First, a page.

Properties of subsequent induction of long-term potentiation and/or depression in one synaptic input in apical dendrites of hippocampal CA1 neurons in vitro

S. Parvez, B. Ramachandran, J. U. Frey

Research output: Contribution to journalArticlepeer-review

4 Scopus citations

Abstract

The hippocampus is a prominent structure to study mechanisms of learning and memory at the cellular level. Long-term potentiation (LTP) as well as long-term depression (LTD) are the major cellular models which could underlie learning and memory formation. LTP and LTD consist of at least two phases, an early protein synthesis-independent transient stage (<4 h; E-LTP, E-LTD) as well as a prolonged phase (>4 h; L-LTP, L-LTD) requiring the synthesis of new proteins. It is known that during E-LTP the further induction of longer lasting LTP is precluded. However, if E-LTP is transformed into L-LTP, the same synapses now allow the induction of LTP again. We reproduced the LTP-results first and then investigated whether hippocampal LTP or LTD also prevents the establishment of subsequent LTD-induction in the same synaptic input. We show that the prior induction of LTP or LTD does not prevent a short-term depression (STD) but occludes LTD in apical dendrites of CA1 neurons in hippocampal slices in vitro during the early phase of LTP or LTD. However, LTD can again be induced in addition to STD after the establishment of L-LTP or L-LTD, that is about 4 h after the induction of the first event in the same synaptic input. We suggest that the neuronal input preserves the capacity for STD immediately after an initial potentiation or depression, but for the onset of additional longer lasting LTD in the same synaptic input, the establishment of the late plasticity form of the preceding event is critical.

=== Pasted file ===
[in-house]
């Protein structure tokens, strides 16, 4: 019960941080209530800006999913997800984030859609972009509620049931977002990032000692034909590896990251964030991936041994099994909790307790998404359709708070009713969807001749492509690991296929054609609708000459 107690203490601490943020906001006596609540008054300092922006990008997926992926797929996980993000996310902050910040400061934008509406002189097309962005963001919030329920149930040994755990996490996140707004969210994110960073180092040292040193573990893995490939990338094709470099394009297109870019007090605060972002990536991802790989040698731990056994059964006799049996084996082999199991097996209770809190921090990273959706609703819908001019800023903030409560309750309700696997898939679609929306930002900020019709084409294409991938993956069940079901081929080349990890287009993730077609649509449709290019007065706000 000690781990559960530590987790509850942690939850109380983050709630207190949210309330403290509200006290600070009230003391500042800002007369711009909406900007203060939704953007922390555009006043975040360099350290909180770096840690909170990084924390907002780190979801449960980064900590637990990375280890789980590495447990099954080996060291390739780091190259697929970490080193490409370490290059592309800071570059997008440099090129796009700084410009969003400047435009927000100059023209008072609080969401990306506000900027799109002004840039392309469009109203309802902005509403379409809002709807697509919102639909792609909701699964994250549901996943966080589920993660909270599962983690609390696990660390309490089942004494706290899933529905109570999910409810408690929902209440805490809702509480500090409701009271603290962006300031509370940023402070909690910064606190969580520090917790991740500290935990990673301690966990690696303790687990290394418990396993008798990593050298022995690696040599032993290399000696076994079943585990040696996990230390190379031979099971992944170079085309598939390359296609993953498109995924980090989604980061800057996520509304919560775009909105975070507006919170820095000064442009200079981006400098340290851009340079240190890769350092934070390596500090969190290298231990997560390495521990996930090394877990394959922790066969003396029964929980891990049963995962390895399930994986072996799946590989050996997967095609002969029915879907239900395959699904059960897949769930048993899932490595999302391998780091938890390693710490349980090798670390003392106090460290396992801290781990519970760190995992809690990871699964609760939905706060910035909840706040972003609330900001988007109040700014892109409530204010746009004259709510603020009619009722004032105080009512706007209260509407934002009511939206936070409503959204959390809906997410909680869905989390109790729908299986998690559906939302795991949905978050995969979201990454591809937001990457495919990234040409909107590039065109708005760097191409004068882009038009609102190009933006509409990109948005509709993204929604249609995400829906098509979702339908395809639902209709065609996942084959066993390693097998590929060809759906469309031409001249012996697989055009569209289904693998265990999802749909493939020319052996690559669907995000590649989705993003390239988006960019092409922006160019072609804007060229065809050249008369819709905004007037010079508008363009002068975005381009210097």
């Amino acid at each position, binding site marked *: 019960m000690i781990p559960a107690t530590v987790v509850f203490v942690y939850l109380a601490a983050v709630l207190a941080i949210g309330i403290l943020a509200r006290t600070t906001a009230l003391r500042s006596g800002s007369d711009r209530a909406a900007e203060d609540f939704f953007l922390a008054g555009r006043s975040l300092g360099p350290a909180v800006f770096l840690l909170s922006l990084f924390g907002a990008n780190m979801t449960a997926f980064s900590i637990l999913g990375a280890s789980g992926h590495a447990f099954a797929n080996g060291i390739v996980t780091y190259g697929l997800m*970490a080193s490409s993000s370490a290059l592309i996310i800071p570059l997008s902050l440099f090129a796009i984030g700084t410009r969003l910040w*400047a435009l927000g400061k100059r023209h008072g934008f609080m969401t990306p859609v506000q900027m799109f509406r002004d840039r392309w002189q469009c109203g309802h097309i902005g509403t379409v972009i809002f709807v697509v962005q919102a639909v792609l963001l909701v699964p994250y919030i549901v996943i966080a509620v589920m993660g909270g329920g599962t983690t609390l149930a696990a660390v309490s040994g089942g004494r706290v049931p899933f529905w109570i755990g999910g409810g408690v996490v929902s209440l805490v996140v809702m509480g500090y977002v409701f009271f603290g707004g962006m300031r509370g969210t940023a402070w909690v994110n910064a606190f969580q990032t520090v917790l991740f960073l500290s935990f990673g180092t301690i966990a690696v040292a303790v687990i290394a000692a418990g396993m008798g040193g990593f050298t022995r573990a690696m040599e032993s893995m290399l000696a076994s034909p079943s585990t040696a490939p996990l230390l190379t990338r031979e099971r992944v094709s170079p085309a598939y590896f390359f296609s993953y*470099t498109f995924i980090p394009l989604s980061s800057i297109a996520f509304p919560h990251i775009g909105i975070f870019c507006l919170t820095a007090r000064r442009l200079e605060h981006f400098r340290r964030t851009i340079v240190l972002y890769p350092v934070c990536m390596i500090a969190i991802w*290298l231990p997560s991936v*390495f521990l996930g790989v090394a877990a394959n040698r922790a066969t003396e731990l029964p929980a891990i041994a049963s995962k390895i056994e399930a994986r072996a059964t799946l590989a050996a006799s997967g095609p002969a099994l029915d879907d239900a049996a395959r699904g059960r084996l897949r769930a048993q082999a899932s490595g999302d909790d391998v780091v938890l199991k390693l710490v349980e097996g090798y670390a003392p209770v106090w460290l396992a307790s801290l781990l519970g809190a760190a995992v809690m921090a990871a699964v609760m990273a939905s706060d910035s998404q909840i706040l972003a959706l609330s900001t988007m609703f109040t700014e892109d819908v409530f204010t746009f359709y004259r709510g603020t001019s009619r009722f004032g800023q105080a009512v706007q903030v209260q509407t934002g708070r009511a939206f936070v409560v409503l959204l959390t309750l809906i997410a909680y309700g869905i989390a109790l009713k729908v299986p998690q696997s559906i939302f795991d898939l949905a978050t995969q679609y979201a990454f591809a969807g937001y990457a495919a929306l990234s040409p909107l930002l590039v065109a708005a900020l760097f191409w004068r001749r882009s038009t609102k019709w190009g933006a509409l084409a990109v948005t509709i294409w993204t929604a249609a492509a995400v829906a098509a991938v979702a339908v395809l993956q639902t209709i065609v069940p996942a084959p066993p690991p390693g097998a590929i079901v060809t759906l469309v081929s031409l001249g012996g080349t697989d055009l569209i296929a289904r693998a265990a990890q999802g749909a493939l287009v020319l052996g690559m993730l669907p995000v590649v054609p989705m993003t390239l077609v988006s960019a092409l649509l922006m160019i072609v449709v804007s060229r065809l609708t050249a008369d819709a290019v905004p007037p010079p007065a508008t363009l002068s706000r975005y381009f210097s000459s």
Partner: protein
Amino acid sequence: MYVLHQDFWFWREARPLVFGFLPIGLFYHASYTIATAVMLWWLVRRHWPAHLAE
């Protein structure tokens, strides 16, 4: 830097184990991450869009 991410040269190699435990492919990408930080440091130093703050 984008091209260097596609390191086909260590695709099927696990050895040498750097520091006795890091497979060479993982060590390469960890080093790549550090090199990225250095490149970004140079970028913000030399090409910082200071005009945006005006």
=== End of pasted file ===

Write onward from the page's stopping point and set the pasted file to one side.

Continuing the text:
Original languageEnglish (US)
Pages (from-to)712-720
Number of pages9
JournalNeuroscience
Volume171
Issue number3
DOIs
StatePublished - Dec 15 2010

Keywords

  • Hippocampal slice in vitro
  • Long-term depression
  • Long-term potentiation
  • Occlusion

ASJC Scopus subject areas

  • Neuroscience(all)

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